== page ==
Odisha Sun Times Bureau
Bhubaneswar, May 19:
The Co-operative Department of Odisha Government has decided to shut down operations of Bhubaneswar Urban Bank permanently.
A circular to this effect has been issued to all employees of the bank and its top management has been asked to initiate closure process as mandated in RBI guidelines.
The government, however, is yet to take a final call on compensating the 70 employees who would lose their jobs, action to be taken on loan defaulters and the process to refund depositors.
Cooperation minister Damodar Rout had earlier assured the state assembly that complaints would be lodged against loan defaulters and their mortgaged property would be seized.
As per the statement made by Rout in assembly, 13,797 depositors are yet to receive Rs 30 crores they deposited in the bank. Also, Rs 17.82 crores of loan amount is yet to be collected from 1760 customers.
It may be noted that RBI had earlier asked the bank to stop receiving deposits back in 2006 after it became bankrupt in 2000. RBI had cancelled the registration license of the bank in February 17, 2014.
The State Government attempted to bring the bank back to business many times and infused Rs 6 crores in 2006, but it made no changes to the fortunes of the bank. The Government even attempted a merger of this bank with the Cosmos Co-operative Bank of Pune and the cabinet committee approved the proposal in June 2012. Cosmos, however turned its back on the bank after six months.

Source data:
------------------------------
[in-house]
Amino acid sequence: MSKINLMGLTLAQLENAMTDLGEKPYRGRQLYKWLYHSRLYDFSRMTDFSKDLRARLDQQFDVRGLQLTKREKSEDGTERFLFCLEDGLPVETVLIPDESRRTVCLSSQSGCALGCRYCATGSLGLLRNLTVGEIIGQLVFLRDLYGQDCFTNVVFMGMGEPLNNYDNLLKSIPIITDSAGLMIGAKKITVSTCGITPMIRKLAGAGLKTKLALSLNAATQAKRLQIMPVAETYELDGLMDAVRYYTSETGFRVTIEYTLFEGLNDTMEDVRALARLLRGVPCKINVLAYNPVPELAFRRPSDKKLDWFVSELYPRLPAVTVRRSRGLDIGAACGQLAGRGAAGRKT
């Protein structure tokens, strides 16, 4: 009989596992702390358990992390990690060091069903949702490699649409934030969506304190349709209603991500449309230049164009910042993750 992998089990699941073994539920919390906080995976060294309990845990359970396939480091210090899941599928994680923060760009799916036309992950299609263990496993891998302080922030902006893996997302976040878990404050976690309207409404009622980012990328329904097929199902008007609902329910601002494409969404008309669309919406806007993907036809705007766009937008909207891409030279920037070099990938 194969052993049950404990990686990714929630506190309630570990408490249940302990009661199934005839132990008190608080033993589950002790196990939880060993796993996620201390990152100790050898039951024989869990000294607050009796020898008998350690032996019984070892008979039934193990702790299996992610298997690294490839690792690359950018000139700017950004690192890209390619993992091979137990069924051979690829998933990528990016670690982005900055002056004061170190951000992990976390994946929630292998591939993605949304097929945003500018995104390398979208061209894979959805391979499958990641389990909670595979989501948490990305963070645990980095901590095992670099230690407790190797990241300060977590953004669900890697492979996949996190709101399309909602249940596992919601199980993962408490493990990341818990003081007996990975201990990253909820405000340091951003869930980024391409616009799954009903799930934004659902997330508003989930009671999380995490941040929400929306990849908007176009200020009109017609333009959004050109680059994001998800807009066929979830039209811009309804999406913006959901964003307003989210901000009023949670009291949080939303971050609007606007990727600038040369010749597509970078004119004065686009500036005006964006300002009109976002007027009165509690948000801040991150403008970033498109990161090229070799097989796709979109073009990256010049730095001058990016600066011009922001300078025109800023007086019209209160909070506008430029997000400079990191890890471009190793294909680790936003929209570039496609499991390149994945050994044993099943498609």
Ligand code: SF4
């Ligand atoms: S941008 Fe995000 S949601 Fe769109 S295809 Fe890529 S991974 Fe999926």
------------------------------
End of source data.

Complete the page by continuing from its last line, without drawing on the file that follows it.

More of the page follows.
Another such attempt was made in September 2013 when the state Cooperative Department submitted a proposal to the RBI seeking its approval for the merger of Bhubaneswar Urban Bank with Government-Telecommunication Emp Coop Society of Chennai. RBI, however, rejected it citing many reasons.
The last such attempt was made by the Cooperative Department by trying to merge it with Cuttack Cooperative Bank and the file was moved to the Chief Minister’s Office (CMO) for clearance. The file, however, sat there and the Chief Minister’s decision was not known.
Failing to revive it, the Cooperative Department finally took a call last week to close the bank permanently.
As the curtains come down on the ailing bank, questions arise on the sincerity of the Cooperative Department in reviving the fortunes of the bank and the efficiency of its employees, who failed thrice in the alst eight years to get a successful merger done. The future of the employees, unpaid since past one year, also remains uncertain along with the depositors who invested their hard-earned money in the bank.